Today is “Black Friday” here in America. This means we’re supposed to be at the Mall of America buying something. Or several somethings. But we’re at that stage in life where our desire is to get rid of “stuff” not accumulate more of it.

Our move this year was a forceful reminder that it’s much, much harder to rid yourself of stuff than get more of it. And sometimes the ridding (if done legally) costs more than the original cost of the getting. So no more stuff for the sake of having stuff (but we’re willing to make an exception for more pie 🥧😋).

So, with shopping out of the question, we decided to try hiking a loop in another area new to us – St. Croix Bluffs Regional Park. This park sits along the St. Croix River across from Wisconsin. So, if nothing else, we’d get to see the river and maybe walk along it a bit as we’d done recently at Afton State Park. Well, yes and no.

The December 2021 map on the park’s website indicated that we’d be able to hike a loop along the river and across the uplands. But the July 2022 map we got at the park office showed that three key pieces of our planned loop – the path along the river (the old CMS&P railroad alignment) and the two pieces of trail connecting it to the uplands – were closed/future trails. 😲 Was the December map wrong or just premature? 🤔

So, with our planned loop a no go, we settled for walking the South Loop (red trail on the winter map) then followed the summer trail (green trail on the summer map) down to the harbor at the river. Here a giant construction project had mostly concluded, updating the parking area, boat ramp, beach, and harbor.

Starting out from Trail Intersection 9
Going west along the entrance road
And south toward Intersection 10
An old park maintenance shed on the way to Intersection 10
Approaching Intersection 11
Oak on snow
Pressing on to Intersection 13

At Intersection 13, we came upon a “trail closed” sign for the trail that the December 2021 map said went down to the harbor. Inquiring minds wanted to know, so we poked around a bit past the sign. We found a use trail that goes to some private houses just outside the park but it didn’t follow the alignment indicated on the park’s map. So maybe there will be an official trail to the harbor here at some future time? With this question left hanging, we headed back to the parking lot, taking the slightly longer route between Intersections 11 and 10.

No path to the harbor here
Just past Intersection 11
Through a pine plantation along the park’s southern border
Toward Intersection 10
And back to the parking lot

Once back at the parking lot, we found the green trail and followed it around to where a sign pointed us toward the harbor. I followed the dirt trail down while The LovedOne descended the paved boat ramp access road. She had a smoother trip since parts of the dirt trail had been impacted by the recently completed construction project.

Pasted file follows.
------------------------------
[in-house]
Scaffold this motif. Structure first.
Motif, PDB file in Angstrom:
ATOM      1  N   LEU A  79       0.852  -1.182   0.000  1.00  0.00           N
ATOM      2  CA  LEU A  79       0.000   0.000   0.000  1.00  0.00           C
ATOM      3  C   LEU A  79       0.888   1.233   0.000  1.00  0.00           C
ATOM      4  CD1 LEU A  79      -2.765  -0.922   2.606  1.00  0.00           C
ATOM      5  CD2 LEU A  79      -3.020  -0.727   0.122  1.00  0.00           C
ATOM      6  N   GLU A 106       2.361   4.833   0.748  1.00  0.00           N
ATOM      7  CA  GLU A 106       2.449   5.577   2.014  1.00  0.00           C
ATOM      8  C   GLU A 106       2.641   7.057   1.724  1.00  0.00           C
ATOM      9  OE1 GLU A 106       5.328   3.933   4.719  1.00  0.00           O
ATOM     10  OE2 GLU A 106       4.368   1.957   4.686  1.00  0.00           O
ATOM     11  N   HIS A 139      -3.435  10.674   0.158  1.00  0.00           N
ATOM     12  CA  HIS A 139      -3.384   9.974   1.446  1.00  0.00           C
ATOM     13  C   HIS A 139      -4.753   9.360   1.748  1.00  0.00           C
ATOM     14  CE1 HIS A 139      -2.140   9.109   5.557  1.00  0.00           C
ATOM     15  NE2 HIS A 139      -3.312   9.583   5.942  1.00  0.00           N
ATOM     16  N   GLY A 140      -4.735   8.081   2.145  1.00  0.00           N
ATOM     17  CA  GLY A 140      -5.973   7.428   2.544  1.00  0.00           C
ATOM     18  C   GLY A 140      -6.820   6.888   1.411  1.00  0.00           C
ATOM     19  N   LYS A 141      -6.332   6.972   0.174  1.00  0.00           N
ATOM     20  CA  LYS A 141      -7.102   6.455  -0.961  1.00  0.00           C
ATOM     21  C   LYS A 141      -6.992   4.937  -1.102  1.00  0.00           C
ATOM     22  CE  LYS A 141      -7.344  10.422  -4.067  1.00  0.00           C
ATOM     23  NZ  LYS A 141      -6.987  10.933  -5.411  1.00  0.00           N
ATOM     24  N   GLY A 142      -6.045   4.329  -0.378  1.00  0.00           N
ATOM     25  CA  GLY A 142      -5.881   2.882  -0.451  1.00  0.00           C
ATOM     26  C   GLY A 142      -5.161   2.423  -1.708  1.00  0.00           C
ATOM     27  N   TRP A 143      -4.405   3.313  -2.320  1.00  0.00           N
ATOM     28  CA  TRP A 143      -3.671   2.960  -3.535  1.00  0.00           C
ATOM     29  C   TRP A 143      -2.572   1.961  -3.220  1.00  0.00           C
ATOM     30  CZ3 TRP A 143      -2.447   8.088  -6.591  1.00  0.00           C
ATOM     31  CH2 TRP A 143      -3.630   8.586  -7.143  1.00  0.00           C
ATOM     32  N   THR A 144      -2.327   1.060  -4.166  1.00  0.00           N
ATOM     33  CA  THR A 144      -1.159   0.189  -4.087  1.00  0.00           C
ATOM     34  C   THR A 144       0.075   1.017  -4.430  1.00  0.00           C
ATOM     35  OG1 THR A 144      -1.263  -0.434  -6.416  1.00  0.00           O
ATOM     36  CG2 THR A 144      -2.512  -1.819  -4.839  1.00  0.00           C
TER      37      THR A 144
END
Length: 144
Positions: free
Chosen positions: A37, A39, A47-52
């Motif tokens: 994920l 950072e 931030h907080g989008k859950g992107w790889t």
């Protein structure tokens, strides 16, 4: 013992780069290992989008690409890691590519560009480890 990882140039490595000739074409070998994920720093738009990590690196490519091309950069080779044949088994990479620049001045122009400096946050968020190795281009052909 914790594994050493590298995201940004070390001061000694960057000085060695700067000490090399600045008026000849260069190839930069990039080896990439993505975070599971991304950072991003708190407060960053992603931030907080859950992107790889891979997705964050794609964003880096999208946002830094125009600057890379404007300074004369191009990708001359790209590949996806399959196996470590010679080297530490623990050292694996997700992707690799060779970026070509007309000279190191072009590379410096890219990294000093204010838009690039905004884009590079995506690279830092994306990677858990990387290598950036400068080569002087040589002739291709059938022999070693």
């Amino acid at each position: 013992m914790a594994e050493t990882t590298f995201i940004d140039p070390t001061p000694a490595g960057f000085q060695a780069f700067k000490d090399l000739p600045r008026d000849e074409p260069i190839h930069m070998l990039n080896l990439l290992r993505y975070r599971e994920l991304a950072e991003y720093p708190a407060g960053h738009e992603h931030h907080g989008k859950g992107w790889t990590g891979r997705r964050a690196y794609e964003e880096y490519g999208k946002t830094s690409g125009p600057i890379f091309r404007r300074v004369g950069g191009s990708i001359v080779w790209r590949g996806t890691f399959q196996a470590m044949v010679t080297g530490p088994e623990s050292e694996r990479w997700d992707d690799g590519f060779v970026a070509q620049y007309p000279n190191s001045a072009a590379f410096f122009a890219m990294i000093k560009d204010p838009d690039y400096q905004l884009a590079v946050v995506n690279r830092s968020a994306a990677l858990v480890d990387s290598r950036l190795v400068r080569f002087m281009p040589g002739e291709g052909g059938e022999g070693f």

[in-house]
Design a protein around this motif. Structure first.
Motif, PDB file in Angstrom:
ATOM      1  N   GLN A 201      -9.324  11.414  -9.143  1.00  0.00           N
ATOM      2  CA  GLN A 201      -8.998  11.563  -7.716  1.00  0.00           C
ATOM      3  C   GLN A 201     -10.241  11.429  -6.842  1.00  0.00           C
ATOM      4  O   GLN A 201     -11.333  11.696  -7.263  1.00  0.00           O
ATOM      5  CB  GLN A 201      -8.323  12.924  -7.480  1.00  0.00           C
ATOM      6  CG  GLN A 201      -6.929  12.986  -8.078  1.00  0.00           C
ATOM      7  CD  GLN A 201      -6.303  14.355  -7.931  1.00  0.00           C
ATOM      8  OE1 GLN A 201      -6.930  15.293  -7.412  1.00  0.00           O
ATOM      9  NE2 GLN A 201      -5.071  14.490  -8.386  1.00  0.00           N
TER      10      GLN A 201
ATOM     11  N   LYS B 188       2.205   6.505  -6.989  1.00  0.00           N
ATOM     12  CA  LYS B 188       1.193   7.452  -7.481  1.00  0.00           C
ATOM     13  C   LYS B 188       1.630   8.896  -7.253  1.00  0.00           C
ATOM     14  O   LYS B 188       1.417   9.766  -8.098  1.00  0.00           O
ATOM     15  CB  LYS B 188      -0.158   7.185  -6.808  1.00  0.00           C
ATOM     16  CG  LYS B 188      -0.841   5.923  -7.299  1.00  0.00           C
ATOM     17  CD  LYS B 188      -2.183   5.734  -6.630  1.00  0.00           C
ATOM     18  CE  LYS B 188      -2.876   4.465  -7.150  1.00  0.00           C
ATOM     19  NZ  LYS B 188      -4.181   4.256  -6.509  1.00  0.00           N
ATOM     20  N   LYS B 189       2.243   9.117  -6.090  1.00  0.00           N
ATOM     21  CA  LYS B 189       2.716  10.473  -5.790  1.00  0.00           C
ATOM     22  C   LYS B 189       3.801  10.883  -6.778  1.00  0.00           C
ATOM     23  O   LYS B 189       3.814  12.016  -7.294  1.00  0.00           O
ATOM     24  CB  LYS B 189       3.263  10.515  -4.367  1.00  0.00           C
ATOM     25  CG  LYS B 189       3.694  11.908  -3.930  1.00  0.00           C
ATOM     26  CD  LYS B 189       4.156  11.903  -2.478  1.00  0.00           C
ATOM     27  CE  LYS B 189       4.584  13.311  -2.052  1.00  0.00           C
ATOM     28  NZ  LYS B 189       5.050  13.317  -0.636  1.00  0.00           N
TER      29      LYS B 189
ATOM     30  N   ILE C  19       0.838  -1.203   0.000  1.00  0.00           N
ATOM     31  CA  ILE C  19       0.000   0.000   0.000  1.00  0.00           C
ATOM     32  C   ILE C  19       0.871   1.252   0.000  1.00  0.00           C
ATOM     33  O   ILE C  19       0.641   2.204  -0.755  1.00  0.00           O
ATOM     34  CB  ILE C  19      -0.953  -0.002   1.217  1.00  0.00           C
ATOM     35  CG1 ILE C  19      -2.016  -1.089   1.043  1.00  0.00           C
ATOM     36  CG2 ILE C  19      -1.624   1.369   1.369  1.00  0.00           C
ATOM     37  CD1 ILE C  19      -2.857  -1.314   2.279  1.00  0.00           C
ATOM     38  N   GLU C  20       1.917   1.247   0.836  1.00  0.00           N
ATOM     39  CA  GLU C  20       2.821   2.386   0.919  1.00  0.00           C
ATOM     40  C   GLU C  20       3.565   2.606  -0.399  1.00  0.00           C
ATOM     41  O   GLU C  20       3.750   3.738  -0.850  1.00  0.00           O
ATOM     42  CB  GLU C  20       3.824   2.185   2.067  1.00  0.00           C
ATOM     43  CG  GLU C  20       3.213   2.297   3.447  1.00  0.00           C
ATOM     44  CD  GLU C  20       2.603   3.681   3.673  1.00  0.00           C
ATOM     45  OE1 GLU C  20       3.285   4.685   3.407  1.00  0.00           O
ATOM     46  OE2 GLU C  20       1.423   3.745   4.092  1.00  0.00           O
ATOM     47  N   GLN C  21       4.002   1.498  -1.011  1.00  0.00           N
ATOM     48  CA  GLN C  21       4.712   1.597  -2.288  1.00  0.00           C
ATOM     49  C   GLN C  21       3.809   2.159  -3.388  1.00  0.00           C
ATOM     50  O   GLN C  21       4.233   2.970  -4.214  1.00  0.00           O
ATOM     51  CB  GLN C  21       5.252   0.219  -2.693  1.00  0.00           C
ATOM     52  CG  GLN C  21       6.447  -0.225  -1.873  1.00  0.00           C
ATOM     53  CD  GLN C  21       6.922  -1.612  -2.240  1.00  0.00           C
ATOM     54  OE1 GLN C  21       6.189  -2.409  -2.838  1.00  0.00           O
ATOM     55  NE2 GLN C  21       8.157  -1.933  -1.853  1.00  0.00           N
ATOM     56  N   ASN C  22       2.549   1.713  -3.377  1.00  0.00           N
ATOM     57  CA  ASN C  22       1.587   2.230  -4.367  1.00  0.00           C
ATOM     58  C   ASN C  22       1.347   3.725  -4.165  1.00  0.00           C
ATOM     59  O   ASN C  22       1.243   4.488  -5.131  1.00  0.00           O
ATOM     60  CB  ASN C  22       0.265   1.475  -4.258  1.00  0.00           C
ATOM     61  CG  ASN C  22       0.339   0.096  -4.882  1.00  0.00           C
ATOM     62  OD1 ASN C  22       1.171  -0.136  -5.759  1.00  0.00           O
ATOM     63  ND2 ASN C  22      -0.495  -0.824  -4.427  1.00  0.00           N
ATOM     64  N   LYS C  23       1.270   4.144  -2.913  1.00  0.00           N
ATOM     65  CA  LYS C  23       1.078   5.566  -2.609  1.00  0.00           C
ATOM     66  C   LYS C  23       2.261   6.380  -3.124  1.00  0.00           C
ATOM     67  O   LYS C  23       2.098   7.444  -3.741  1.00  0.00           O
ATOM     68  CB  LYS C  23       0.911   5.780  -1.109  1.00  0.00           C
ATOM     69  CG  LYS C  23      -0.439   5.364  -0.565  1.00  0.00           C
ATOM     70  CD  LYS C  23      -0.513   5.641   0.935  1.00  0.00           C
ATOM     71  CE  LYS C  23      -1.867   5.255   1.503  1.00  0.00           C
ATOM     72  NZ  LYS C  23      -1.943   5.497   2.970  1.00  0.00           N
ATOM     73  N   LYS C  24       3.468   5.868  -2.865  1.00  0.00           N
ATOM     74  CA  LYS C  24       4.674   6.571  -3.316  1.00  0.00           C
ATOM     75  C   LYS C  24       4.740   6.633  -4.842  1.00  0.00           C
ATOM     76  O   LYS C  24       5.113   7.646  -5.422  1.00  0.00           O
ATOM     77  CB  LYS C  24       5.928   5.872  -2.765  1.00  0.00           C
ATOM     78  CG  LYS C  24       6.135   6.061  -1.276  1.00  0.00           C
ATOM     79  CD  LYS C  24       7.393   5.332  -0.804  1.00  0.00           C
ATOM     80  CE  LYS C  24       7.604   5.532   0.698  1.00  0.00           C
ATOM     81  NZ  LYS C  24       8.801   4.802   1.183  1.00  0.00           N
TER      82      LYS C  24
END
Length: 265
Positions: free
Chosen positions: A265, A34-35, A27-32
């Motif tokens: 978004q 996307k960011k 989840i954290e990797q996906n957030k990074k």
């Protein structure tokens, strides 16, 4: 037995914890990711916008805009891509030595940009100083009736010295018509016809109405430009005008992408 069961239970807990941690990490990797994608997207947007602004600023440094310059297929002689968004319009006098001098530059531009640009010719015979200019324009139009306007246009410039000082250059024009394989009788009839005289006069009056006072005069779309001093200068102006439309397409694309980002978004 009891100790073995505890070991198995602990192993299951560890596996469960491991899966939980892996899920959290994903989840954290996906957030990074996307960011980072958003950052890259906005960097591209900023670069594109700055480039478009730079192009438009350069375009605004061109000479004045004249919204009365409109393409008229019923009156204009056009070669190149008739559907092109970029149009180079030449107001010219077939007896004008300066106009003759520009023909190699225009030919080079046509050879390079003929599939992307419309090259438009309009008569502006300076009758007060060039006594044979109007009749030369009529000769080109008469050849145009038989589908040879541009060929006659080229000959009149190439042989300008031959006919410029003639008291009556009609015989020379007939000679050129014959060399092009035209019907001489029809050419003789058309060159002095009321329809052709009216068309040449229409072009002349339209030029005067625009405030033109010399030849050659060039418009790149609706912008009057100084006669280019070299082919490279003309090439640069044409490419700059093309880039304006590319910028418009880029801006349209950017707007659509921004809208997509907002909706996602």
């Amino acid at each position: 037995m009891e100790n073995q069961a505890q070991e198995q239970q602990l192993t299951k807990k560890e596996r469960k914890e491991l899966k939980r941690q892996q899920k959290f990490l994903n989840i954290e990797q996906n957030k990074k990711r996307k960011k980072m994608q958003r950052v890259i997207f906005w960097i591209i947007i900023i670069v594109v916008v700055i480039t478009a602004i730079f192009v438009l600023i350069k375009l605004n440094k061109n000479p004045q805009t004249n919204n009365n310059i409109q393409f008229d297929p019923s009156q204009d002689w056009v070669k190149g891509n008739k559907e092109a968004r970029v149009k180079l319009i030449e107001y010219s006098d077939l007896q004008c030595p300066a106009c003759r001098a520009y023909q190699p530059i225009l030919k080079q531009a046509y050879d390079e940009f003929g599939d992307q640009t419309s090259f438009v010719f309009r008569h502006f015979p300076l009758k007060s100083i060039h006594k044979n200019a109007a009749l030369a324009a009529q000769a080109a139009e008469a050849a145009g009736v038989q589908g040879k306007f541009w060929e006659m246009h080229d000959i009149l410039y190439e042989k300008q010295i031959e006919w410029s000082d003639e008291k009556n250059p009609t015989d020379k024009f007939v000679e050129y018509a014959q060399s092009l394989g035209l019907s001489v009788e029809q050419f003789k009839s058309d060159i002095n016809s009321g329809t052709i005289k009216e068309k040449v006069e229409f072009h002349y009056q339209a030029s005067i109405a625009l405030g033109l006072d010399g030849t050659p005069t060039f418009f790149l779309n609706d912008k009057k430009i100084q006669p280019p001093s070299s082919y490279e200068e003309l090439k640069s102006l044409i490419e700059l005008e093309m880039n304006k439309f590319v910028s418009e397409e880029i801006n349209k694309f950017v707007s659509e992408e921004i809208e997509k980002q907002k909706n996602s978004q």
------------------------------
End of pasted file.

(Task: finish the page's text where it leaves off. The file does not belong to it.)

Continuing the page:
Toward the trail to the harbor
At the harbor (berm above the sign is the old railroad right-of-way)
A reflection on water and ice
At the mouth of the harbor
On the beach at the Saint Croix River, St. Croix Bluffs Regional Park, Minnesota
On the beach at the Saint Croix River

The beach is lumpy now but won’t be after Spring high water gets to it. The berm between today’s boat ramp and the beach is an abandoned spur line to Stillwater of the Chicago, Milwaukee, St. Paul and Pacific Railroad.

Afton State Park uses part of this old spur to form its North and South River Trails. Although the Elevation 698 trestle was removed to create today’s harbor, there are still 0.8 miles (1.3 km) of the spur left in St. Croix Bluffs. This section is closed at the moment but we hope it will eventually reopen so we could do the loop we’d originally planned to do today. 🙄

This section of abandoned spur is closed
So near, yet so far
We take the road back

We probably could have done more wandering around the park but decided to save that for when the “future trails” might become a reality. These would make nice single-track additions to the otherwise hugely wide trails elsewhere in the park.

So after 4.8 miles (7.2 km) of walking and 180 foot (55 m) of gain, we decamped for a quick lunch 🥪 across the river in Prescott, Wisconsin. We also bought some $2.99/gallon gas as this seemed like a near miraculous price for this special fluid. 🤑

Our meanders around the bluffs and to the harbor (barbells are seasonal road closures; bridge symbol is the former site of a railroad trestle at elevation 698.
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